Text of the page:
As far as I can tell stock, both outputs can run two headphones concurrently.
 
 
The real difference between the two outputs is the XLR sounds less stereo & flat like its in your head, while XLR is more surround, 3d, like the sounds comes from 180degress from your front. Maybe its some effect?
 
I haven't been able to learn anything else about this unit, sorry.

I think the above pretty well explains it. The two outputs have vastly different signal levels for very ordinary reasons. One is balanced and receives two out-of-phase signals per channel, so the difference between the + and - terminals for that output is 2X that of the corresponding unbalanced outputs.
 
A simple voltmeter would make this clear.However, we are dealing with audiophiles and they usually don't even have a $5.95 DVM that would show this quite clearly. If you buy a meter the audio audio gods send a secret emissary with jack boots who knocks on your door at midnight and pulls your audiophile card. :wink:
 
As is not unusual, two different sets of subjective attributes have been assigned to the same signal at two different levels which are easy to differentiate because one is vastly louder than the other. If you equalized the levels between the two outputs, they would very likely be indistinguishable. This is why good level-matching is a prerequisite for a reasonable test of inherent sound quality.
 
Jun 3, 2015 at 4:00 AM Post #14 of 41

Ghaunty22

100+ Head-Fier
Joined
Jun 19, 2011
Posts
106
Likes
10
  The balanced out is using double the circuitry of the single-ended in that amp. Audio-gd simply happens to like using that kind of design and it was made to be used in a balanced configuration. 
 
I wouldn't worry about "experts" and whatnot beyond that. If you like the result, then enjoy listening. Every different designer has different ideas about what is good and bad.
 
The whole thing came about when HeadRoom made a balanced amp called the Blockhead, which was two single-channel balanced amps re-jigged into a massive case. They then wrote up all the marketing on it. Back then, AMB was offering the Beta 22 DIY amp. People started building it in 4-board balanced configurations, leading to the question for people building it whether or not to "go balanced". The discussion only comes about because it affects how one terminates one's headphones nowadays (if not building a DIY amp). End users don't discuss the dozen or so different amp topologies available the same way beyond "tubes or solid-state".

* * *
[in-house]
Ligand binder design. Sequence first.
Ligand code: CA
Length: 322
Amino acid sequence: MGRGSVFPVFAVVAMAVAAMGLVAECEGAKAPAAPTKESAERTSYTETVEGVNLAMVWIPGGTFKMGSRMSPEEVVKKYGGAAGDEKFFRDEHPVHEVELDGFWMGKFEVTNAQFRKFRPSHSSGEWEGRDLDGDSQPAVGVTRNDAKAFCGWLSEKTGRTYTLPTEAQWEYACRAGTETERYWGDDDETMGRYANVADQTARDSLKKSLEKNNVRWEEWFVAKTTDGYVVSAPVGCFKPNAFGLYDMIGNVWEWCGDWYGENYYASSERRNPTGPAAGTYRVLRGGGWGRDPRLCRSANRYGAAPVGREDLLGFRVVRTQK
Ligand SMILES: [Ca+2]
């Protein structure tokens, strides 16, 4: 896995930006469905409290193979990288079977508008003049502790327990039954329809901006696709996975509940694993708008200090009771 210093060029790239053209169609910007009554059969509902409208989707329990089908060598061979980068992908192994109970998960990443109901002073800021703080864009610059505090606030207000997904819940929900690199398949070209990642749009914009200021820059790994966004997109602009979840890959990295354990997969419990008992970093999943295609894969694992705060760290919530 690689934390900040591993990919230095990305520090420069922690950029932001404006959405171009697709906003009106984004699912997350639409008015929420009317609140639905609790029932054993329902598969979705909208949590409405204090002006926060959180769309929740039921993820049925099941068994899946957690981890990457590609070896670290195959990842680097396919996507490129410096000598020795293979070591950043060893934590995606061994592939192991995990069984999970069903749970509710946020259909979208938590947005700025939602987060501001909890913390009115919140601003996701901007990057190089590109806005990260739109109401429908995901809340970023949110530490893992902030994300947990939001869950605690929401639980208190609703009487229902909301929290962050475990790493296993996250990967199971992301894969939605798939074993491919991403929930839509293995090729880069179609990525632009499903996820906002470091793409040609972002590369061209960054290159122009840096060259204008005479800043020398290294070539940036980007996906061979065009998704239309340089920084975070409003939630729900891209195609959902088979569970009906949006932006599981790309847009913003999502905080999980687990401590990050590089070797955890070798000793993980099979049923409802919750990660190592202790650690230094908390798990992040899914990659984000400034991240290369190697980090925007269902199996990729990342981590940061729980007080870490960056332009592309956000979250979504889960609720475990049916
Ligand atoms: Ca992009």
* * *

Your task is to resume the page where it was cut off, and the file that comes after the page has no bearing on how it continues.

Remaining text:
Well this sound I seem to like, but I would be hesitate getting another amp unless I heard it in person. I think Ill stay with audio gd balanced range.
 
Jun 3, 2015 at 4:09 AM Post #15 of 41

Ghaunty22

100+ Head-Fier
Joined
Jun 19, 2011
Posts
106
Likes
10
  I think the above pretty well explains it. The two outputs have vastly different signal levels for very ordinary reasons. One is balanced and receives two out-of-phase signals per channel, so the difference between the + and - terminals for that output is 2X that of the corresponding unbalanced outputs.
 
A simple voltmeter would make this clear.However, we are dealing with audiophiles and they usually don't even have a $5.95 DVM that would show this quite clearly. If you buy a meter the audio audio gods send a secret emissary with jack boots who knocks on your door at midnight and pulls your audiophile card. :wink:
 
As is not unusual, two different sets of subjective attributes have been assigned to the same signal at two different levels which are easy to differentiate because one is vastly louder than the other. If you equalized the levels between the two outputs, they would very likely be indistinguishable. This is why good level-matching is a prerequisite for a reasonable test of inherent sound quality.


If I understand you, if both outputs were same perceived volume they would sound same? I reject that straight up. And its easy to do this, xlr 48volume = trs around 60 something. They both sound very diff.  Anyway it seems I don't really have an answer to what's going on. There is absolutely a big diff, even a typical person who thinks dr dre beats off his iphone are awesome can easily here that something is different among the two at pretty much same volume.
 

Users who are viewing this thread

Top